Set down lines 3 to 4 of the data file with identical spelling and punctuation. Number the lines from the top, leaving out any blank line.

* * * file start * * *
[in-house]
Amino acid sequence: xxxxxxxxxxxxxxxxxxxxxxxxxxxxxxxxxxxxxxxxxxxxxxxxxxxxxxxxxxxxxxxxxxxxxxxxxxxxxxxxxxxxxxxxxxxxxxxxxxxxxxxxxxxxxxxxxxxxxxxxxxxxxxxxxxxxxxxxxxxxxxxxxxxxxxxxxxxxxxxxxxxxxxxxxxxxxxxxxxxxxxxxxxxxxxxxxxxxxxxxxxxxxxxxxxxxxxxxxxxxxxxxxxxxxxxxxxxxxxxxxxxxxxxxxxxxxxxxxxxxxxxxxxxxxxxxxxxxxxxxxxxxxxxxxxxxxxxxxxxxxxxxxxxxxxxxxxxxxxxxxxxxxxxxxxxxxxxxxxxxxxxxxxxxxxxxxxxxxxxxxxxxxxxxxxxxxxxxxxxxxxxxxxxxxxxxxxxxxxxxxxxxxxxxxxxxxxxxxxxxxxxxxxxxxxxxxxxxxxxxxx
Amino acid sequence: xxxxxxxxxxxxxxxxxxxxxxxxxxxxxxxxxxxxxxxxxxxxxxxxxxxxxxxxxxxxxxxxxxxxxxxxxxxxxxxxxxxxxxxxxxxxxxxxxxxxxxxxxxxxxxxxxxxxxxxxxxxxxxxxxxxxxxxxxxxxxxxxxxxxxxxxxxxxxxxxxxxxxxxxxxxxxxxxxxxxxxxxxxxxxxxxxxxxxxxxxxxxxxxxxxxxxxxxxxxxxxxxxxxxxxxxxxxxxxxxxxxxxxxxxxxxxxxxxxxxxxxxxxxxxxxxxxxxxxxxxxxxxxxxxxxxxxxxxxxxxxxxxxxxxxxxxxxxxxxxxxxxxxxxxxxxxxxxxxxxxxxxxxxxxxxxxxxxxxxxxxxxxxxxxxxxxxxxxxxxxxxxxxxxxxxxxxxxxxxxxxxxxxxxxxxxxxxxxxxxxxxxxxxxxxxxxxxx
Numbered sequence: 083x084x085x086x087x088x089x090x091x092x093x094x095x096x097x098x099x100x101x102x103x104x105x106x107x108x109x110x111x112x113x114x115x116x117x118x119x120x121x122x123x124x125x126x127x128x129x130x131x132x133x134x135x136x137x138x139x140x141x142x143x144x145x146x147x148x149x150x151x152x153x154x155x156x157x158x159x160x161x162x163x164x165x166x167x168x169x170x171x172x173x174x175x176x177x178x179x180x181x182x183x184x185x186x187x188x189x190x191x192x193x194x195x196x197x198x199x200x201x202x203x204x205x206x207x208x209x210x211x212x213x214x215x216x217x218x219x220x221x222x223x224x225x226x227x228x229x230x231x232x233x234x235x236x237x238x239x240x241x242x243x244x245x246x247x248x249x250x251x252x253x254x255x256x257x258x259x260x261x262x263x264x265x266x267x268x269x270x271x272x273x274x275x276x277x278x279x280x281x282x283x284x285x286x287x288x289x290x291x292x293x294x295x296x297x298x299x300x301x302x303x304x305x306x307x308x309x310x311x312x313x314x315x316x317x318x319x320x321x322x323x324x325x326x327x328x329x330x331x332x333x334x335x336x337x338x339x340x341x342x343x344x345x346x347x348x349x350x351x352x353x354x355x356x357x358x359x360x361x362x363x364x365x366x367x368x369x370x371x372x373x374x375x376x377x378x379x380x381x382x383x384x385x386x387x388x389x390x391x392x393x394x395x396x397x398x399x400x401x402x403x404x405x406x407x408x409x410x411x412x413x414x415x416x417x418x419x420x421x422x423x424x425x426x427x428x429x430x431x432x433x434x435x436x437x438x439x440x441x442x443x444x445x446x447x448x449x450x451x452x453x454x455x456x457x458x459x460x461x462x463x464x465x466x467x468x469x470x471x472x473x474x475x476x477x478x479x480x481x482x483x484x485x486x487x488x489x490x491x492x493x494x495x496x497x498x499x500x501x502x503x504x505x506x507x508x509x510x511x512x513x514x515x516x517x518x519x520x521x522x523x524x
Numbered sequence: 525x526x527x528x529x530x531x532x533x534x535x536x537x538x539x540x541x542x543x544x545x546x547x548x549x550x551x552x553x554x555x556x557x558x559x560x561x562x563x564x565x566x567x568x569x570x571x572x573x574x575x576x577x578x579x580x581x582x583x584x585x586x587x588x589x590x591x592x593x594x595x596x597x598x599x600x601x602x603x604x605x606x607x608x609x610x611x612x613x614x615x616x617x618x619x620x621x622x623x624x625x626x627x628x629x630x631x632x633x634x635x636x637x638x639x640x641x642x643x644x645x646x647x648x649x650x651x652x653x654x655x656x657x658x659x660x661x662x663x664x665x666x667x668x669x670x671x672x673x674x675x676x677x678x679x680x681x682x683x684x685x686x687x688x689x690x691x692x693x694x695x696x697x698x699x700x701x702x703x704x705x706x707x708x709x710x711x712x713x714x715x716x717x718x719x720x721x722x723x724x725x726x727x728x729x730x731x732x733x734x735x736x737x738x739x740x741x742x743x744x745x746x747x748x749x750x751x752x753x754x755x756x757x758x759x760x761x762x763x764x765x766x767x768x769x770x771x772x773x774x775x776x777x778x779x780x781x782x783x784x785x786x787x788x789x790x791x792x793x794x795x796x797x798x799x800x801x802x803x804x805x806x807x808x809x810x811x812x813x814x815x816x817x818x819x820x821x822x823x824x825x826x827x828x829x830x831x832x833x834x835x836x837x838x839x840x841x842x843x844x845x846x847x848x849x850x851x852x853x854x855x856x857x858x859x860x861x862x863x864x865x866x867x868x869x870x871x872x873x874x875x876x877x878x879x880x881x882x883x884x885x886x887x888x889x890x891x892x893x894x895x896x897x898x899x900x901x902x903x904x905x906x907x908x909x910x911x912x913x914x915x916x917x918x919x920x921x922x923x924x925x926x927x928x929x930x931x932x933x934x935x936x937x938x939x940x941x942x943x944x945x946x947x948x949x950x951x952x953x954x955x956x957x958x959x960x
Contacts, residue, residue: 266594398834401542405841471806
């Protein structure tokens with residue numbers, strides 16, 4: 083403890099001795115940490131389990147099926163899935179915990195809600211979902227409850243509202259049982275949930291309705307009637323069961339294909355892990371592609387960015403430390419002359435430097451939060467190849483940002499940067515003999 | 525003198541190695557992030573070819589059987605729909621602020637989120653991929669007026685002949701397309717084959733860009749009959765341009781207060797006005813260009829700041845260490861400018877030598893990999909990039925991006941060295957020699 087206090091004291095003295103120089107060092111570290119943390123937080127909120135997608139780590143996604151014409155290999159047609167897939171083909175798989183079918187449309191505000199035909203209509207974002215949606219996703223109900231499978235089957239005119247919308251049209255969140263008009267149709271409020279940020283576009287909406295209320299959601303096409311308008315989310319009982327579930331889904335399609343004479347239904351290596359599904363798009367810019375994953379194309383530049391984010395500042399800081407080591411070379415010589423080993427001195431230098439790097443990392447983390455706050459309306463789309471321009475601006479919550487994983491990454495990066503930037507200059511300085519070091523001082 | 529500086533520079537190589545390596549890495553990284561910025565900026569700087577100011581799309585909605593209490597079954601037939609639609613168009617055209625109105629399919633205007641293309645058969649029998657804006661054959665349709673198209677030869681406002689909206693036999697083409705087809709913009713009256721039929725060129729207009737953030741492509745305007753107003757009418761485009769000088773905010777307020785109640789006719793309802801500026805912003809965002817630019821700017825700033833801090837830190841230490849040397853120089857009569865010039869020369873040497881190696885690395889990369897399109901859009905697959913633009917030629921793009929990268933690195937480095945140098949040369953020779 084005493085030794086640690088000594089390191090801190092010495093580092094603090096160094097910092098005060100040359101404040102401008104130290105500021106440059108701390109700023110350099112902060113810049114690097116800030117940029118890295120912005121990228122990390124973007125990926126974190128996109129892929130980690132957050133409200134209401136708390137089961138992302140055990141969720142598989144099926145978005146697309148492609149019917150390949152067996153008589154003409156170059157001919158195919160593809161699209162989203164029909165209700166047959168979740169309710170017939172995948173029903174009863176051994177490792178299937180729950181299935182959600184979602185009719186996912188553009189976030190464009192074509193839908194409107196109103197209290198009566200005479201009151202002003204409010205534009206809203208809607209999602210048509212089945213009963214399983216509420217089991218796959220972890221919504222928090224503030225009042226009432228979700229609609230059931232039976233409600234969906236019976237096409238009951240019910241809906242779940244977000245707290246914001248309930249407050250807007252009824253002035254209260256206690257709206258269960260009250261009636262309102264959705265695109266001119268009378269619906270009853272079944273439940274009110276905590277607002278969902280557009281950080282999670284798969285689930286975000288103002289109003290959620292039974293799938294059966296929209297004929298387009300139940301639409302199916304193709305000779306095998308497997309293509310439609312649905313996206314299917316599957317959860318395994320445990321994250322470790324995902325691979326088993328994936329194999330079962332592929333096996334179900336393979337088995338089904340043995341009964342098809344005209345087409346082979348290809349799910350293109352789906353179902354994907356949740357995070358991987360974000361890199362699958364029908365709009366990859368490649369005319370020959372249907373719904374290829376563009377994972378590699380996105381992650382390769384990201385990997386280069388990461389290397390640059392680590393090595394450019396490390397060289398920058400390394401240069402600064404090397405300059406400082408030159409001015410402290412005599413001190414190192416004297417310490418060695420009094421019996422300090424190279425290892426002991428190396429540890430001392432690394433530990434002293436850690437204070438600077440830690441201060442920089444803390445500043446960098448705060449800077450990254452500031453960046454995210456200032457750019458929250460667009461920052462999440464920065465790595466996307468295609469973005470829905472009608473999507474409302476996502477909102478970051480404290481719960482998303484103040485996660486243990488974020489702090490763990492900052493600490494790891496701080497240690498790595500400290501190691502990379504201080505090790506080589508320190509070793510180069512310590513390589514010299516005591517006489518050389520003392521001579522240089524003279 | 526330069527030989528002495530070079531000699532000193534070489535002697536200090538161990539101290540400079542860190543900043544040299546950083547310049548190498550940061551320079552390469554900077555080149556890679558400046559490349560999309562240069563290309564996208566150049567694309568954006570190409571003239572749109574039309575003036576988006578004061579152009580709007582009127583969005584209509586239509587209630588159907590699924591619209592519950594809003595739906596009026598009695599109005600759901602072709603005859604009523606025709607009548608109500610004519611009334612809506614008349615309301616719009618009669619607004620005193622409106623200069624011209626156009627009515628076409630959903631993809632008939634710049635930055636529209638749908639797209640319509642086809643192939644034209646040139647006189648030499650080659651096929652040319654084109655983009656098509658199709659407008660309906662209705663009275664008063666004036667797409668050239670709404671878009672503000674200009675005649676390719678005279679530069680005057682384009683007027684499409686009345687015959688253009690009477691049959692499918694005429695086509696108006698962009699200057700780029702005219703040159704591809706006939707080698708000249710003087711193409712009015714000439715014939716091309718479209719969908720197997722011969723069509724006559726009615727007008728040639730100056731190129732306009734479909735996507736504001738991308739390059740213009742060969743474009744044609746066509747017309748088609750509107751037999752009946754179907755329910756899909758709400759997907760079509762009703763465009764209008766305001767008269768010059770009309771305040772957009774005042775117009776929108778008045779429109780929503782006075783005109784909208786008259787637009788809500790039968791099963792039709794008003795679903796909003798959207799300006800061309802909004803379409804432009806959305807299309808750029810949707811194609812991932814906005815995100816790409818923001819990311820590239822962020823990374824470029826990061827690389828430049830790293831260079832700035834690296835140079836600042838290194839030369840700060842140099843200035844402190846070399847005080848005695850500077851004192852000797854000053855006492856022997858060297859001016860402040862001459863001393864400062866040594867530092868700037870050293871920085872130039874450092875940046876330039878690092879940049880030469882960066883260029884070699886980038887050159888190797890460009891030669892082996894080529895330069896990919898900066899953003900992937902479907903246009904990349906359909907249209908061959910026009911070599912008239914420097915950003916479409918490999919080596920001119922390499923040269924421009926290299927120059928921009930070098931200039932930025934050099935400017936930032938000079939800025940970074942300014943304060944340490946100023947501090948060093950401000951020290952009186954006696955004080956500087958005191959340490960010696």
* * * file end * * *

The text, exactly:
Amino acid sequence: xxxxxxxxxxxxxxxxxxxxxxxxxxxxxxxxxxxxxxxxxxxxxxxxxxxxxxxxxxxxxxxxxxxxxxxxxxxxxxxxxxxxxxxxxxxxxxxxxxxxxxxxxxxxxxxxxxxxxxxxxxxxxxxxxxxxxxxxxxxxxxxxxxxxxxxxxxxxxxxxxxxxxxxxxxxxxxxxxxxxxxxxxxxxxxxxxxxxxxxxxxxxxxxxxxxxxxxxxxxxxxxxxxxxxxxxxxxxxxxxxxxxxxxxxxxxxxxxxxxxxxxxxxxxxxxxxxxxxxxxxxxxxxxxxxxxxxxxxxxxxxxxxxxxxxxxxxxxxxxxxxxxxxxxxxxxxxxxxxxxxxxxxxxxxxxxxxxxxxxxxxxxxxxxxxxxxxxxxxxxxxxxxxxxxxxxxxxxxxxxxxxxxxxxxxxxxxxxxxxxxxxxxxxxxxxxxxxx
Numbered sequence: 083x084x085x086x087x088x089x090x091x092x093x094x095x096x097x098x099x100x101x102x103x104x105x106x107x108x109x110x111x112x113x114x115x116x117x118x119x120x121x122x123x124x125x126x127x128x129x130x131x132x133x134x135x136x137x138x139x140x141x142x143x144x145x146x147x148x149x150x151x152x153x154x155x156x157x158x159x160x161x162x163x164x165x166x167x168x169x170x171x172x173x174x175x176x177x178x179x180x181x182x183x184x185x186x187x188x189x190x191x192x193x194x195x196x197x198x199x200x201x202x203x204x205x206x207x208x209x210x211x212x213x214x215x216x217x218x219x220x221x222x223x224x225x226x227x228x229x230x231x232x233x234x235x236x237x238x239x240x241x242x243x244x245x246x247x248x249x250x251x252x253x254x255x256x257x258x259x260x261x262x263x264x265x266x267x268x269x270x271x272x273x274x275x276x277x278x279x280x281x282x283x284x285x286x287x288x289x290x291x292x293x294x295x296x297x298x299x300x301x302x303x304x305x306x307x308x309x310x311x312x313x314x315x316x317x318x319x320x321x322x323x324x325x326x327x328x329x330x331x332x333x334x335x336x337x338x339x340x341x342x343x344x345x346x347x348x349x350x351x352x353x354x355x356x357x358x359x360x361x362x363x364x365x366x367x368x369x370x371x372x373x374x375x376x377x378x379x380x381x382x383x384x385x386x387x388x389x390x391x392x393x394x395x396x397x398x399x400x401x402x403x404x405x406x407x408x409x410x411x412x413x414x415x416x417x418x419x420x421x422x423x424x425x426x427x428x429x430x431x432x433x434x435x436x437x438x439x440x441x442x443x444x445x446x447x448x449x450x451x452x453x454x455x456x457x458x459x460x461x462x463x464x465x466x467x468x469x470x471x472x473x474x475x476x477x478x479x480x481x482x483x484x485x486x487x488x489x490x491x492x493x494x495x496x497x498x499x500x501x502x503x504x505x506x507x508x509x510x511x512x513x514x515x516x517x518x519x520x521x522x523x524x